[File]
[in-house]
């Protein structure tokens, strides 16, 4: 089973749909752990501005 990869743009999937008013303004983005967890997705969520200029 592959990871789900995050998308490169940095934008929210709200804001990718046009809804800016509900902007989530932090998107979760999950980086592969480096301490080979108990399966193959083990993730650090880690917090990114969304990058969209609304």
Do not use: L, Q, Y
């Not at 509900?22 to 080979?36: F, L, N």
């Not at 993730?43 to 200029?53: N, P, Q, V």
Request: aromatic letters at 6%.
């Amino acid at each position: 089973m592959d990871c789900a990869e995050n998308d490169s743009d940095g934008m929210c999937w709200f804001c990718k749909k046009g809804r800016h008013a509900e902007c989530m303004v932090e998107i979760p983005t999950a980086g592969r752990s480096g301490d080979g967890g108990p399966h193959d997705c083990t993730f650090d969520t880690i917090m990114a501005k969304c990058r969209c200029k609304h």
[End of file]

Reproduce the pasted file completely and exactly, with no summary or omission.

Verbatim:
[in-house]
């Protein structure tokens, strides 16, 4: 089973749909752990501005 990869743009999937008013303004983005967890997705969520200029 592959990871789900995050998308490169940095934008929210709200804001990718046009809804800016509900902007989530932090998107979760999950980086592969480096301490080979108990399966193959083990993730650090880690917090990114969304990058969209609304």
Do not use: L, Q, Y
């Not at 509900?22 to 080979?36: F, L, N």
């Not at 993730?43 to 200029?53: N, P, Q, V």
Request: aromatic letters at 6%.
């Amino acid at each position: 089973m592959d990871c789900a990869e995050n998308d490169s743009d940095g934008m929210c999937w709200f804001c990718k749909k046009g809804r800016h008013a509900e902007c989530m303004v932090e998107i979760p983005t999950a980086g592969r752990s480096g301490d080979g967890g108990p399966h193959d997705c083990t993730f650090d969520t880690i917090m990114a501005k969304c990058r969209c200029k609304h």